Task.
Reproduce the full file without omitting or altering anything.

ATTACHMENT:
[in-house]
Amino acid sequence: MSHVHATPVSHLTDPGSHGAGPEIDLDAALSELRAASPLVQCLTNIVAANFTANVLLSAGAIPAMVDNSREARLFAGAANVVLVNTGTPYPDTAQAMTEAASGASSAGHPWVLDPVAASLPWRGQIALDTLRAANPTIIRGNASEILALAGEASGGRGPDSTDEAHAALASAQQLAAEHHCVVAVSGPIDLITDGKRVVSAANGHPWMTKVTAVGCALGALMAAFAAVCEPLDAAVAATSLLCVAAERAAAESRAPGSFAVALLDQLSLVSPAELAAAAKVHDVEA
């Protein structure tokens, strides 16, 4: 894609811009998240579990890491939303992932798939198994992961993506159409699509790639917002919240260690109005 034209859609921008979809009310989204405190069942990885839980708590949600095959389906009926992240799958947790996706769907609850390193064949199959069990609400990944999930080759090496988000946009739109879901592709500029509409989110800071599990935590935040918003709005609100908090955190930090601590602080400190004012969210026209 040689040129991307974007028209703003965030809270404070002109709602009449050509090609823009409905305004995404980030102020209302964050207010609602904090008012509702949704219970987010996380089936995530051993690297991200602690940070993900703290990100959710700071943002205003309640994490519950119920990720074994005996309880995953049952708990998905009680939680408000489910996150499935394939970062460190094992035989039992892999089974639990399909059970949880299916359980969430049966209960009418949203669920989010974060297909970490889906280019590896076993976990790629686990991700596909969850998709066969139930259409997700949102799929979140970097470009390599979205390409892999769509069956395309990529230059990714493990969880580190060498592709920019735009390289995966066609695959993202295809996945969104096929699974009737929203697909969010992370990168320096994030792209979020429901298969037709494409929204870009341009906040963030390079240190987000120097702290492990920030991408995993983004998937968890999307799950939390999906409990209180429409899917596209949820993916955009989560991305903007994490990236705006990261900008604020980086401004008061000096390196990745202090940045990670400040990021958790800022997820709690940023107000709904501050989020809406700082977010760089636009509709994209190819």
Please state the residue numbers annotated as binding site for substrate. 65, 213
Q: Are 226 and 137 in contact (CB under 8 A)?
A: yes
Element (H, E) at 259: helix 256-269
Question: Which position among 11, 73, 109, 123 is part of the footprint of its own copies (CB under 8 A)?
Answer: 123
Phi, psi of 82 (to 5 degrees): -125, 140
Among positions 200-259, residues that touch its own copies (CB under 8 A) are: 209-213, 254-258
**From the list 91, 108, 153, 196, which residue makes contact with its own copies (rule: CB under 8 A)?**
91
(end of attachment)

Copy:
[in-house]
Amino acid sequence: MSHVHATPVSHLTDPGSHGAGPEIDLDAALSELRAASPLVQCLTNIVAANFTANVLLSAGAIPAMVDNSREARLFAGAANVVLVNTGTPYPDTAQAMTEAASGASSAGHPWVLDPVAASLPWRGQIALDTLRAANPTIIRGNASEILALAGEASGGRGPDSTDEAHAALASAQQLAAEHHCVVAVSGPIDLITDGKRVVSAANGHPWMTKVTAVGCALGALMAAFAAVCEPLDAAVAATSLLCVAAERAAAESRAPGSFAVALLDQLSLVSPAELAAAAKVHDVEA
């Protein structure tokens, strides 16, 4: 894609811009998240579990890491939303992932798939198994992961993506159409699509790639917002919240260690109005 034209859609921008979809009310989204405190069942990885839980708590949600095959389906009926992240799958947790996706769907609850390193064949199959069990609400990944999930080759090496988000946009739109879901592709500029509409989110800071599990935590935040918003709005609100908090955190930090601590602080400190004012969210026209 040689040129991307974007028209703003965030809270404070002109709602009449050509090609823009409905305004995404980030102020209302964050207010609602904090008012509702949704219970987010996380089936995530051993690297991200602690940070993900703290990100959710700071943002205003309640994490519950119920990720074994005996309880995953049952708990998905009680939680408000489910996150499935394939970062460190094992035989039992892999089974639990399909059970949880299916359980969430049966209960009418949203669920989010974060297909970490889906280019590896076993976990790629686990991700596909969850998709066969139930259409997700949102799929979140970097470009390599979205390409892999769509069956395309990529230059990714493990969880580190060498592709920019735009390289995966066609695959993202295809996945969104096929699974009737929203697909969010992370990168320096994030792209979020429901298969037709494409929204870009341009906040963030390079240190987000120097702290492990920030991408995993983004998937968890999307799950939390999906409990209180429409899917596209949820993916955009989560991305903007994490990236705006990261900008604020980086401004008061000096390196990745202090940045990670400040990021958790800022997820709690940023107000709904501050989020809406700082977010760089636009509709994209190819």
Please state the residue numbers annotated as binding site for substrate. 65, 213
Q: Are 226 and 137 in contact (CB under 8 A)?
A: yes
Element (H, E) at 259: helix 256-269
Question: Which position among 11, 73, 109, 123 is part of the footprint of its own copies (CB under 8 A)?
Answer: 123
Phi, psi of 82 (to 5 degrees): -125, 140
Among positions 200-259, residues that touch its own copies (CB under 8 A) are: 209-213, 254-258
**From the list 91, 108, 153, 196, which residue makes contact with its own copies (rule: CB under 8 A)?**
91